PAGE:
Avia B-33/CB-33 - Built in Czechoslovakia (under licence) by the Avia factory, and designated B-33 in Czechoslovak service. The B-33/IL-10 aircraft was all-metal, two seat, low-wing monoplane, with two spar wing of an inverted gull configuration. The fuselage was constructed in three sections. The forward fuselage being the most interesting, built as an armour shell with panels varying between 4 mm and 8 mm in thickness. The B-33 was powered by a 2,000 hp (1492 kW) Mikulin AM-42 12-cylinder liquid-cooled, inline engine (Czechoslovak designation M-42) with cruise power of 1,750 hp (1306 kW) at 2,350 rpm. The armament of the first series was similar to the armament of the Il-2, with two 23 mm VYa-23 cannons, two 7.62 mm (0.30 in) ShKAKS machine-guns and one 12.7 mm (0.50 in) UBT machine-gun in the rear cockpit. The later series and all Avia-built B-33s were armed with four wing-mounted 23 mm NS-23 cannons and single 20 mm UB-20 cannon in the rear cockpit. The bomb load on external racks and in bomb bays was usually 1,102 lbs (500 kg), and maximally 1,544 lbs (700 kg), and eight RS-82 or RS-132 rockets carried under the wings. The CB-33 was the Czech eqivalent of the Il-10U trainer. Due to the characteristic sound of the AM-42 engine and a sturdy and simple construction, the B-33s were nicknamed "Kombajn" (combine harvester) by their pilots and ground crews.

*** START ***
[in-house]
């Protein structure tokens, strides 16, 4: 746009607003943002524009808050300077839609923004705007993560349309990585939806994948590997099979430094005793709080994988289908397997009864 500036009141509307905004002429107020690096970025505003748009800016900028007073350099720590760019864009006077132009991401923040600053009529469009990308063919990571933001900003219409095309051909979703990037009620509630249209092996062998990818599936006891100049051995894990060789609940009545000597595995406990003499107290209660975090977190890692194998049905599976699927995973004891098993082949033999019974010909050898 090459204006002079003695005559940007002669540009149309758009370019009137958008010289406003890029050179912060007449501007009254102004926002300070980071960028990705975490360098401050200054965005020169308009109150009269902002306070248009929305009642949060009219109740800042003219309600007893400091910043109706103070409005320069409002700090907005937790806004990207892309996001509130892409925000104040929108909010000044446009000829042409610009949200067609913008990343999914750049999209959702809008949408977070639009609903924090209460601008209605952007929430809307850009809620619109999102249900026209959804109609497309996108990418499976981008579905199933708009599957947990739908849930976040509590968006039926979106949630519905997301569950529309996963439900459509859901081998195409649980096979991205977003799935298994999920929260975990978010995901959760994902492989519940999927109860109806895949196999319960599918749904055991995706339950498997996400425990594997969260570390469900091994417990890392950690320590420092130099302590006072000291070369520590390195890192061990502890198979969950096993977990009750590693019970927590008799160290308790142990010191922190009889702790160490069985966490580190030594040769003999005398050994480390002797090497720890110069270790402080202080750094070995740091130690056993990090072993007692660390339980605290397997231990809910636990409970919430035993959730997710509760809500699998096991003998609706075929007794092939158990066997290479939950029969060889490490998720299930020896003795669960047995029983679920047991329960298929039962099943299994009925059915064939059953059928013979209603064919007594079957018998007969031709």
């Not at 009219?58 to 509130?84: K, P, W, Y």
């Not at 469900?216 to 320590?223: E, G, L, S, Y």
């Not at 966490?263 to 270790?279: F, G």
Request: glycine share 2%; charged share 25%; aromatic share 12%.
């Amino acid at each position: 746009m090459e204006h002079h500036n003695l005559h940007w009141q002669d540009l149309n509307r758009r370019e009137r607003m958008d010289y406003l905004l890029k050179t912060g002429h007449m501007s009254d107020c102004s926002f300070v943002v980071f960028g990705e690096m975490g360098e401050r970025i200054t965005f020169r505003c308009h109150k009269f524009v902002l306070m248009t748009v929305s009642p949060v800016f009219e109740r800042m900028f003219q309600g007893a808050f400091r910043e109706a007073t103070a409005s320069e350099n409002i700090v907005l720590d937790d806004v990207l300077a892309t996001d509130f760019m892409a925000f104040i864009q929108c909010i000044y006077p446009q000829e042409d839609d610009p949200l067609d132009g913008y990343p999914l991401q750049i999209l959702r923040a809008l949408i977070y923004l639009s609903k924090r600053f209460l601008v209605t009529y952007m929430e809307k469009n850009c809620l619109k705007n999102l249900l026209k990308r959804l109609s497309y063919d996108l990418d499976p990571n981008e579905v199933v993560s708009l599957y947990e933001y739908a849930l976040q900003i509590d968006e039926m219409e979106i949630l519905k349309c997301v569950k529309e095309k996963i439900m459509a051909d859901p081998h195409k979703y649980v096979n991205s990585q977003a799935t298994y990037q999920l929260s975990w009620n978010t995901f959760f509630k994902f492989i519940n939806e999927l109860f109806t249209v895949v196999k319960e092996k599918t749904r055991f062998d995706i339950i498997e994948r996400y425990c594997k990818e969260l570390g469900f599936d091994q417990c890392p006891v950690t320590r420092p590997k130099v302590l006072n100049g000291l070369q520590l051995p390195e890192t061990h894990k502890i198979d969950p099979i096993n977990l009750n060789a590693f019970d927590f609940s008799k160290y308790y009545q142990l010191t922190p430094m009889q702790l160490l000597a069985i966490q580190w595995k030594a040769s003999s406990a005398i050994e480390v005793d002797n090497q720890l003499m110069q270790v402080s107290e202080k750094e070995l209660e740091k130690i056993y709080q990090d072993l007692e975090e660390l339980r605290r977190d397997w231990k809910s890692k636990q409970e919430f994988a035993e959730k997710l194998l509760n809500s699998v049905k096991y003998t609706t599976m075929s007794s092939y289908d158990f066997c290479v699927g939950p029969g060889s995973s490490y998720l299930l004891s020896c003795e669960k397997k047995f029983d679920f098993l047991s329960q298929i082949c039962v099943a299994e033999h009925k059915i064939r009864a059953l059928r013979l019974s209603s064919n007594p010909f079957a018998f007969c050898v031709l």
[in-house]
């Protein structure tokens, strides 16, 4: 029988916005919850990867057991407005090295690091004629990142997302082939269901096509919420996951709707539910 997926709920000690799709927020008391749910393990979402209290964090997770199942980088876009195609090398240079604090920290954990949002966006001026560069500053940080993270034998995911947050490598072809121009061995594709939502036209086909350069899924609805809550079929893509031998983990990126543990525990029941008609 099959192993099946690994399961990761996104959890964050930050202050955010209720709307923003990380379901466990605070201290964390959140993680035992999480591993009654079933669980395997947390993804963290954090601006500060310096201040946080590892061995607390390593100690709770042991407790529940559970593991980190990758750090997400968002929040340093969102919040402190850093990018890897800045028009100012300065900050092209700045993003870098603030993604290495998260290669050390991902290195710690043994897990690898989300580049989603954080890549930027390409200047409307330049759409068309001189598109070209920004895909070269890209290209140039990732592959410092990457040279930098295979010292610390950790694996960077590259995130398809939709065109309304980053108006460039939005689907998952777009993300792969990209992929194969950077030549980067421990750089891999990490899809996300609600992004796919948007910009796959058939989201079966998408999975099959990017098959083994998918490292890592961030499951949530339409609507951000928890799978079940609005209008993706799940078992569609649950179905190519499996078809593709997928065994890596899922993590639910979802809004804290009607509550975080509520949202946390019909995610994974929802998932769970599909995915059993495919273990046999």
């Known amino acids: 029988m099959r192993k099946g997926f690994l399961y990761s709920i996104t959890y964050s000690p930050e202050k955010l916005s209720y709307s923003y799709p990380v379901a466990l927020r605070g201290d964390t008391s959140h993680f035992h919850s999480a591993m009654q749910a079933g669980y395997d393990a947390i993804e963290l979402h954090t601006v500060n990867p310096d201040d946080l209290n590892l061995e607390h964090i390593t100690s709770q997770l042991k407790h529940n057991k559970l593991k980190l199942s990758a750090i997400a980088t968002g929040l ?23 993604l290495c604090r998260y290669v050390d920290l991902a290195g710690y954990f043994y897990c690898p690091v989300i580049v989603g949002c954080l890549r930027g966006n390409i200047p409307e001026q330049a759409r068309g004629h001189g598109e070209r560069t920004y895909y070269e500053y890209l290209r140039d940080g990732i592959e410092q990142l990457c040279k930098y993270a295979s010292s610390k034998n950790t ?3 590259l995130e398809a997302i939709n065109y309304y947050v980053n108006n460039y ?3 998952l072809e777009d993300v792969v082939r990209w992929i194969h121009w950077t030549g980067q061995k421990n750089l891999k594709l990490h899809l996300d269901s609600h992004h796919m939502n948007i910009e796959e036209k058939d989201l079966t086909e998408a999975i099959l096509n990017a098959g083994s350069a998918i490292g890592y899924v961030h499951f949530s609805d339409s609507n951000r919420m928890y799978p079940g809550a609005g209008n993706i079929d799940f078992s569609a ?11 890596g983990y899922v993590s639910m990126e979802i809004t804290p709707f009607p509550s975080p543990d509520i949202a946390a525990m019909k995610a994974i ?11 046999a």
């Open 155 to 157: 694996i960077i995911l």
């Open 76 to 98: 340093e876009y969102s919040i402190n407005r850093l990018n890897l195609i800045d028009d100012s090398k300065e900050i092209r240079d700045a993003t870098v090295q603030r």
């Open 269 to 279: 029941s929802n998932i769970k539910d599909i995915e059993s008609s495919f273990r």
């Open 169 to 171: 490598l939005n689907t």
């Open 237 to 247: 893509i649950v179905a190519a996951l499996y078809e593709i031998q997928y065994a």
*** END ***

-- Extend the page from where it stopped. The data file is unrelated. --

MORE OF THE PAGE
Ilyushin Il-10U - Aircraft used as two seat trainers with duplicate controls in the rear. All examples were converted from existing aircraft.